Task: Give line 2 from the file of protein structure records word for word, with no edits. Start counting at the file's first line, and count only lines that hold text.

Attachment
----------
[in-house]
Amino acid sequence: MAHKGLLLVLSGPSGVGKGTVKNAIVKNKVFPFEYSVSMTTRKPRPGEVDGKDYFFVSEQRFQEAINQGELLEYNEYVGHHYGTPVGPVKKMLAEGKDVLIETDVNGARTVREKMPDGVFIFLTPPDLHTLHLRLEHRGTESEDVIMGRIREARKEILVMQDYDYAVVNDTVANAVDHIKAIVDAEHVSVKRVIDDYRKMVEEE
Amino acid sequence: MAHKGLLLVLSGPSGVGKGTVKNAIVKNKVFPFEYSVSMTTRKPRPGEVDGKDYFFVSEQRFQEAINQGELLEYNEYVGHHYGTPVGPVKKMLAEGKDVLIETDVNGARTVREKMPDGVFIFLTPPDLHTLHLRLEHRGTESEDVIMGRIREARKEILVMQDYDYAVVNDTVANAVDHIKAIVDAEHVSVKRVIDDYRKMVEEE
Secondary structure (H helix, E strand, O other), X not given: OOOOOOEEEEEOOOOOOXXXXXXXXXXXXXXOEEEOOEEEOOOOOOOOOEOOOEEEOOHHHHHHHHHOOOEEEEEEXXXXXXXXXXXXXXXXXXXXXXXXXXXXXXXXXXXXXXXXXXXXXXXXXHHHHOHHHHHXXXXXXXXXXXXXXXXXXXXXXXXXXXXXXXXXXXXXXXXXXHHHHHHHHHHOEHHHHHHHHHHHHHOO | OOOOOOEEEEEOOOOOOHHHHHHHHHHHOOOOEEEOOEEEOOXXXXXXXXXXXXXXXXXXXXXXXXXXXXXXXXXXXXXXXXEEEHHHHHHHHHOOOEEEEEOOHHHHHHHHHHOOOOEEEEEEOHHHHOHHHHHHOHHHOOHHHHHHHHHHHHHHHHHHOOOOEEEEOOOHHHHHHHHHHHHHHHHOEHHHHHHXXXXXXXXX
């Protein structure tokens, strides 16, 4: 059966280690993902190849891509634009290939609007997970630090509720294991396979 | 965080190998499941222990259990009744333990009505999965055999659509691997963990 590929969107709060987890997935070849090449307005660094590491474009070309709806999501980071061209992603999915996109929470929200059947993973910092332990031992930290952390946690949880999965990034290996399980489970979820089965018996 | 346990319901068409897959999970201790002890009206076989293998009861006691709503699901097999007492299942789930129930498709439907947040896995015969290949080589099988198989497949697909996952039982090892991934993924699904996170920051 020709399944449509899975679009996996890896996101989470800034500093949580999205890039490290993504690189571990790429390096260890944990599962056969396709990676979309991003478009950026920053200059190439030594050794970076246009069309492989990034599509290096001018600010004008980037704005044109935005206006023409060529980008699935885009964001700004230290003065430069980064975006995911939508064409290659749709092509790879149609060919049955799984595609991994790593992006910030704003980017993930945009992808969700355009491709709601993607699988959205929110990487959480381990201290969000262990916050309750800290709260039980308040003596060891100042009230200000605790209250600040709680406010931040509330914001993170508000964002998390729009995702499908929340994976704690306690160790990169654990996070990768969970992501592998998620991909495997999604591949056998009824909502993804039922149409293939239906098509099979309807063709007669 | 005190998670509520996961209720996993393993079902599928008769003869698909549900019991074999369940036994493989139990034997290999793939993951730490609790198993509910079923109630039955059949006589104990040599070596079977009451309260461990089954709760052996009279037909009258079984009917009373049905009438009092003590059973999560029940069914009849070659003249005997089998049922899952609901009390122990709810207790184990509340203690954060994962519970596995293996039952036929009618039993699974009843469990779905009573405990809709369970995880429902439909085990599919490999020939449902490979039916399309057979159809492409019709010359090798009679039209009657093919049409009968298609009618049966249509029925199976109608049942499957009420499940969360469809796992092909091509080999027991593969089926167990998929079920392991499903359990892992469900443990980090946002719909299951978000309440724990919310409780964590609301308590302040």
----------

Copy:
Amino acid sequence: MAHKGLLLVLSGPSGVGKGTVKNAIVKNKVFPFEYSVSMTTRKPRPGEVDGKDYFFVSEQRFQEAINQGELLEYNEYVGHHYGTPVGPVKKMLAEGKDVLIETDVNGARTVREKMPDGVFIFLTPPDLHTLHLRLEHRGTESEDVIMGRIREARKEILVMQDYDYAVVNDTVANAVDHIKAIVDAEHVSVKRVIDDYRKMVEEE